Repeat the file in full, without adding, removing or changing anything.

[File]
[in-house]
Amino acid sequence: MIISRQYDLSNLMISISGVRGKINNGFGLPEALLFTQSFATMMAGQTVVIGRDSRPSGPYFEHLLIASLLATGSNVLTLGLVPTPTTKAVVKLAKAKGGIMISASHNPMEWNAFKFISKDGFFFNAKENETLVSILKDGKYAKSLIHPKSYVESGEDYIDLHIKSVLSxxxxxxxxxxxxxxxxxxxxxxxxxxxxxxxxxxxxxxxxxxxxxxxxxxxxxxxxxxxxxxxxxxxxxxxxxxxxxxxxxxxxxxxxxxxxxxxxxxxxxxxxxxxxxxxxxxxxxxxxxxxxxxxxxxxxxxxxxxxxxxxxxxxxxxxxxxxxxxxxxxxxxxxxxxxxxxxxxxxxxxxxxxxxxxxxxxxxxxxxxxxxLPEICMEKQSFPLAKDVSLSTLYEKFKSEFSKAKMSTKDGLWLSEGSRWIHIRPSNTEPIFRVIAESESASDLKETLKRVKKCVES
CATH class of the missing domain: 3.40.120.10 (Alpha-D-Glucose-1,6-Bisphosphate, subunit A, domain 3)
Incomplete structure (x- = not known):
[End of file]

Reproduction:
[in-house]
Amino acid sequence: MIISRQYDLSNLMISISGVRGKINNGFGLPEALLFTQSFATMMAGQTVVIGRDSRPSGPYFEHLLIASLLATGSNVLTLGLVPTPTTKAVVKLAKAKGGIMISASHNPMEWNAFKFISKDGFFFNAKENETLVSILKDGKYAKSLIHPKSYVESGEDYIDLHIKSVLSxxxxxxxxxxxxxxxxxxxxxxxxxxxxxxxxxxxxxxxxxxxxxxxxxxxxxxxxxxxxxxxxxxxxxxxxxxxxxxxxxxxxxxxxxxxxxxxxxxxxxxxxxxxxxxxxxxxxxxxxxxxxxxxxxxxxxxxxxxxxxxxxxxxxxxxxxxxxxxxxxxxxxxxxxxxxxxxxxxxxxxxxxxxxxxxxxxxxxxxxxxxxLPEICMEKQSFPLAKDVSLSTLYEKFKSEFSKAKMSTKDGLWLSEGSRWIHIRPSNTEPIFRVIAESESASDLKETLKRVKKCVES
CATH class of the missing domain: 3.40.120.10 (Alpha-D-Glucose-1,6-Bisphosphate, subunit A, domain 3)
Incomplete structure (x- = not known):